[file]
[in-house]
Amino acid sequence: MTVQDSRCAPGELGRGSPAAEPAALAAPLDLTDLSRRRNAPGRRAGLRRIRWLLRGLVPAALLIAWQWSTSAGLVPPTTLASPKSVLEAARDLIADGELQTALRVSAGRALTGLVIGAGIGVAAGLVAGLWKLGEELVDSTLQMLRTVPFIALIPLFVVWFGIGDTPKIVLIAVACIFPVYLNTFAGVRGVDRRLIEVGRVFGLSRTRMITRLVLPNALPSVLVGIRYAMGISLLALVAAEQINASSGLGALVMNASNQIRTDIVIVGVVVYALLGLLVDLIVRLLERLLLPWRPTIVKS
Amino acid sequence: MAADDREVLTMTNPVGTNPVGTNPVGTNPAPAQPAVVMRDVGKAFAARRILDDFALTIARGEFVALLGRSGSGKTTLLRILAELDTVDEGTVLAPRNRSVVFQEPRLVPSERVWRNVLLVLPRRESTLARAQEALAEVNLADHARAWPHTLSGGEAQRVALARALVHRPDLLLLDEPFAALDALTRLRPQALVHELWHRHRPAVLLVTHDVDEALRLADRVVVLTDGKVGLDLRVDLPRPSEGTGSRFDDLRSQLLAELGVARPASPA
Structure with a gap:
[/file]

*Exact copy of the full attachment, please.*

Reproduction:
[in-house]
Amino acid sequence: MTVQDSRCAPGELGRGSPAAEPAALAAPLDLTDLSRRRNAPGRRAGLRRIRWLLRGLVPAALLIAWQWSTSAGLVPPTTLASPKSVLEAARDLIADGELQTALRVSAGRALTGLVIGAGIGVAAGLVAGLWKLGEELVDSTLQMLRTVPFIALIPLFVVWFGIGDTPKIVLIAVACIFPVYLNTFAGVRGVDRRLIEVGRVFGLSRTRMITRLVLPNALPSVLVGIRYAMGISLLALVAAEQINASSGLGALVMNASNQIRTDIVIVGVVVYALLGLLVDLIVRLLERLLLPWRPTIVKS
Amino acid sequence: MAADDREVLTMTNPVGTNPVGTNPVGTNPAPAQPAVVMRDVGKAFAARRILDDFALTIARGEFVALLGRSGSGKTTLLRILAELDTVDEGTVLAPRNRSVVFQEPRLVPSERVWRNVLLVLPRRESTLARAQEALAEVNLADHARAWPHTLSGGEAQRVALARALVHRPDLLLLDEPFAALDALTRLRPQALVHELWHRHRPAVLLVTHDVDEALRLADRVVVLTDGKVGLDLRVDLPRPSEGTGSRFDDLRSQLLAELGVARPASPA
Structure with a gap: